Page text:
<p>Cross examination.</p>
<p>Q. Was there nobody in the room but the prisoner when you went into the mason's room?</p>
<p>Walker. No, there was not; there was nobody near him but the tyler, that was obliged to stand at the door.</p>
<p>Q. Do you think he took this money from the table in order to secure it for you?</p>
<p>Walker. He could not pretend any thing of that, though he told me so below.</p>
<p>Q. Was all the money gone that you left upon the table?</p>
<p>Walker. It was, there was not a single piece left.</p>
<p>Q. Did you never talk of bringing a writ against him for the recovery of the money?</p>
<p>Walker, No, not for this; I did for a debt that he owed me; I had lent him half a guinea, and hired a horse for him, and he had run some in liquor; the debt was about 53 s.</p>
<p>Q. In what manner did he come the first time you saw him?</p>
<p>Walker. That night he came in a coach; Mr. Gill that lodges at my house brought about three in the morning; Mr. Gill requested he might have a bed at my house that night; I had all my beds full, as all the Chester traders come to my house; I had no bed empty; I said he might lie with me, as I should be up in about two hours time; so he lay with me; I got up in about two hours after; I think he said he had been knocked down in Covent-garden; in the morning, about eight, he had a bason of tea carried up, and about ten he desired a dish of coffee.</p>
<p>
<persName id="t17670218-52-person490"> John Gill
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<interp inst="t17670218-52-person490" type="gender" value="male"/> </persName> . I was bred to the sea, and lodge at Mr. Walker's; I have known the prisoner about seven weeks; he came once to Mr. Walker's, and sat opposite to me, I had a suit of uniform on; it came up in conversation about Capt. Thornhill *; he said he had been making interest for him to
<xptr type="pageFacsimile" doc="176702180035"/> Lord Shelburne; he asked me if I was in any employ; I said, not at present, but I expected I should soon; he said it was a pity such a young fellow should be out of employ, and proposed he could do something for me; after that, one night he came home with me to Mr. Walker's, in a coach from Covent-garden; he wanted to borrow half a crown of me; he said he had been abused and struck by a person there; he pretended he could not get in at his lodging, so he came home with me; I went to Mr. Walker, and said, here is such a gentleman, I beg you will let him have a bed here; he said he could let him have no other than to lie with him, and he should be up in an hour or two, so he went to bed; the next morning when he came down stairs, he told Mr. Walker he was going to petition Lord Shelburn on my behalf, and said he would be proposed a mason; I went out, and came home at eleven o'clock, and Mr. Walker told me, that gentleman has stole five guineas from me that you recommended; then I went to Lord Shelburne's to enquire after him, but could hear of no such person there.</p>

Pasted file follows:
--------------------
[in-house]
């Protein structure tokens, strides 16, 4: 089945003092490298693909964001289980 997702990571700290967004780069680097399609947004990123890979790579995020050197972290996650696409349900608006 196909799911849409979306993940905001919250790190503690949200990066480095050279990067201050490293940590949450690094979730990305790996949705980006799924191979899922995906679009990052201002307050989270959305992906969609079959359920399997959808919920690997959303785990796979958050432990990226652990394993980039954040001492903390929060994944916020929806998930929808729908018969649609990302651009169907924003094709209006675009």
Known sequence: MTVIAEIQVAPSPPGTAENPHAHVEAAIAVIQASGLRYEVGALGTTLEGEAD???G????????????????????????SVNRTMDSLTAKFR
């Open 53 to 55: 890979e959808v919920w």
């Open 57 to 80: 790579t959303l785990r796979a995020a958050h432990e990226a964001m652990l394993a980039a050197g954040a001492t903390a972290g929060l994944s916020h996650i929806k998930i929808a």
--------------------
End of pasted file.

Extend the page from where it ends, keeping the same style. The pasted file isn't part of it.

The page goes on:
<p>* Capt. Thornhill, capitally convicted in December Sessions. See No. 42.</p>
<p>
<persName id="t17670218-52-person491"> William Oliver
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<interp inst="t17670218-52-person491" type="gender" value="male"/> </persName> . I am an officer belonging to the Marshalsea court; I went to Mr. Walker's house to-morrow will be a week at night; there was the prisoner there; Mr. Walker said, I sent for you, for this is the fellow that robbed me of five guineas; then I said, charge him as a thief; said he, I do; he had the prisoner by the collar; the prisoner wanted sadly to get from him at the door; the prisoner said, don't lead me in this manner, charge me as a gentleman; Mr. Walker said, you know you took the five guineas; the prisoner said, I know that; just as we came to the pump in St. Paul's church-yard, said he, do you know, Mr. Walker, what you have done; yes, said Mr. Walker, I have done justice, as every man ought to do. Ah! said the prisoner, no, you have not; do you know what you gave me the five guineas for; said Mr. Walker, I gave you none at all: the prisoner clapped his hands together, and said, (turning to me) he gave me this five guineas for b - g me; and to make you more satisfied it was so, I will make it appear before surgeon Sharpe; said I, this is very hard to say this against a man of such credit; the mob rose about us; the prisoner desired to go in at the trunk-maker's; we went in till the mob dispersed; after that, who should come but Mr. Pain; said I to Mr. Pain, I think you have a right to take charge of this man; said he, I had rather not, but am willing to aid and assist, for I have heard what he has said all the way you came, for I kept close behind you; we went from there, then the prisoner begged to go into the Nag's Head; there be made use of such expressions as was a shame to mention; he said he would send for surgeon Sharpe, but he would not, nor did not; he acknowledged the taking the five guineas, and said he would give a note or satisfaction if we would go to the bottom of Queen-street, Cheapside.</p>